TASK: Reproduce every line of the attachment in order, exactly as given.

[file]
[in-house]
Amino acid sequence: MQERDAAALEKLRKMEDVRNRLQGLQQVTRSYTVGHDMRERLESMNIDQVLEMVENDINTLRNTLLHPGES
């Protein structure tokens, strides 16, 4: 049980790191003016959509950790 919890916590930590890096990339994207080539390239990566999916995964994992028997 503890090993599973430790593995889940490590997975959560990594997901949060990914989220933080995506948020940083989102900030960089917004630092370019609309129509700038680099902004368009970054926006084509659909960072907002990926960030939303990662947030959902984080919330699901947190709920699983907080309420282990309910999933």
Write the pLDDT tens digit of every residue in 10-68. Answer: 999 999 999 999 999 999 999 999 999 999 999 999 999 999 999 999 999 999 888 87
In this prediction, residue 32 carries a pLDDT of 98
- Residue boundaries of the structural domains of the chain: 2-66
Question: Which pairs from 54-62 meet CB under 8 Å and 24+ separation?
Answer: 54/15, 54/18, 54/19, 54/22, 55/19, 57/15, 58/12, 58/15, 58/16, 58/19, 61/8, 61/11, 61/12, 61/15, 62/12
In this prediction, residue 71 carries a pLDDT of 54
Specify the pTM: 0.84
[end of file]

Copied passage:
[in-house]
Amino acid sequence: MQERDAAALEKLRKMEDVRNRLQGLQQVTRSYTVGHDMRERLESMNIDQVLEMVENDINTLRNTLLHPGES
């Protein structure tokens, strides 16, 4: 049980790191003016959509950790 919890916590930590890096990339994207080539390239990566999916995964994992028997 503890090993599973430790593995889940490590997975959560990594997901949060990914989220933080995506948020940083989102900030960089917004630092370019609309129509700038680099902004368009970054926006084509659909960072907002990926960030939303990662947030959902984080919330699901947190709920699983907080309420282990309910999933």
Write the pLDDT tens digit of every residue in 10-68. Answer: 999 999 999 999 999 999 999 999 999 999 999 999 999 999 999 999 999 999 888 87
In this prediction, residue 32 carries a pLDDT of 98
- Residue boundaries of the structural domains of the chain: 2-66
Question: Which pairs from 54-62 meet CB under 8 Å and 24+ separation?
Answer: 54/15, 54/18, 54/19, 54/22, 55/19, 57/15, 58/12, 58/15, 58/16, 58/19, 61/8, 61/11, 61/12, 61/15, 62/12
In this prediction, residue 71 carries a pLDDT of 54
Specify the pTM: 0.84